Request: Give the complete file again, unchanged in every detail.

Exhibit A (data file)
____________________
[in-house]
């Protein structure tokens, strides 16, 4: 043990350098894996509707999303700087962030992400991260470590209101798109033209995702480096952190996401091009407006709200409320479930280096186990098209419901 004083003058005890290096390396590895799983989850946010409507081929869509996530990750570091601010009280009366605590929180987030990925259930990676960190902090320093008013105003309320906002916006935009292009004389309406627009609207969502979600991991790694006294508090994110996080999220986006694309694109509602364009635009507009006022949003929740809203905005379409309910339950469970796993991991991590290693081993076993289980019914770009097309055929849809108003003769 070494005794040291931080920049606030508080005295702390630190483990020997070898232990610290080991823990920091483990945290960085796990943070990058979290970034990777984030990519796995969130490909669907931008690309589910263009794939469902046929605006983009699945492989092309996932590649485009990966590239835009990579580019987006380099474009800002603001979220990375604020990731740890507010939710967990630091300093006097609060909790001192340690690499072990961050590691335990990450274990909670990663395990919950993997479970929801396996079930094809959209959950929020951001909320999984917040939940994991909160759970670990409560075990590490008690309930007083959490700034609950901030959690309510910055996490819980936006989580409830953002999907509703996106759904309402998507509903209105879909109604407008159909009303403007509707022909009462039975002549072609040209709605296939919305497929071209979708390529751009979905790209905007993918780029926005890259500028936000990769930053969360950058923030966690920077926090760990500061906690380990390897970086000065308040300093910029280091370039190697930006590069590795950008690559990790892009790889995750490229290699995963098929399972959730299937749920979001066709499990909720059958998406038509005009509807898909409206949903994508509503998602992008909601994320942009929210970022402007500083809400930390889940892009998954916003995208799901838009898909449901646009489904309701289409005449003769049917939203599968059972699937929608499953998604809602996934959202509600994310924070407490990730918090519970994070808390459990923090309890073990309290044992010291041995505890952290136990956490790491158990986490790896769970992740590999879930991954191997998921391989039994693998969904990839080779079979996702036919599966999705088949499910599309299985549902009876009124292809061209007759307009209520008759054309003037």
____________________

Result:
[in-house]
């Protein structure tokens, strides 16, 4: 043990350098894996509707999303700087962030992400991260470590209101798109033209995702480096952190996401091009407006709200409320479930280096186990098209419901 004083003058005890290096390396590895799983989850946010409507081929869509996530990750570091601010009280009366605590929180987030990925259930990676960190902090320093008013105003309320906002916006935009292009004389309406627009609207969502979600991991790694006294508090994110996080999220986006694309694109509602364009635009507009006022949003929740809203905005379409309910339950469970796993991991991590290693081993076993289980019914770009097309055929849809108003003769 070494005794040291931080920049606030508080005295702390630190483990020997070898232990610290080991823990920091483990945290960085796990943070990058979290970034990777984030990519796995969130490909669907931008690309589910263009794939469902046929605006983009699945492989092309996932590649485009990966590239835009990579580019987006380099474009800002603001979220990375604020990731740890507010939710967990630091300093006097609060909790001192340690690499072990961050590691335990990450274990909670990663395990919950993997479970929801396996079930094809959209959950929020951001909320999984917040939940994991909160759970670990409560075990590490008690309930007083959490700034609950901030959690309510910055996490819980936006989580409830953002999907509703996106759904309402998507509903209105879909109604407008159909009303403007509707022909009462039975002549072609040209709605296939919305497929071209979708390529751009979905790209905007993918780029926005890259500028936000990769930053969360950058923030966690920077926090760990500061906690380990390897970086000065308040300093910029280091370039190697930006590069590795950008690559990790892009790889995750490229290699995963098929399972959730299937749920979001066709499990909720059958998406038509005009509807898909409206949903994508509503998602992008909601994320942009929210970022402007500083809400930390889940892009998954916003995208799901838009898909449901646009489904309701289409005449003769049917939203599968059972699937929608499953998604809602996934959202509600994310924070407490990730918090519970994070808390459990923090309890073990309290044992010291041995505890952290136990956490790491158990986490790896769970992740590999879930991954191997998921391989039994693998969904990839080779079979996702036919599966999705088949499910599309299985549902009876009124292809061209007759307009209520008759054309003037």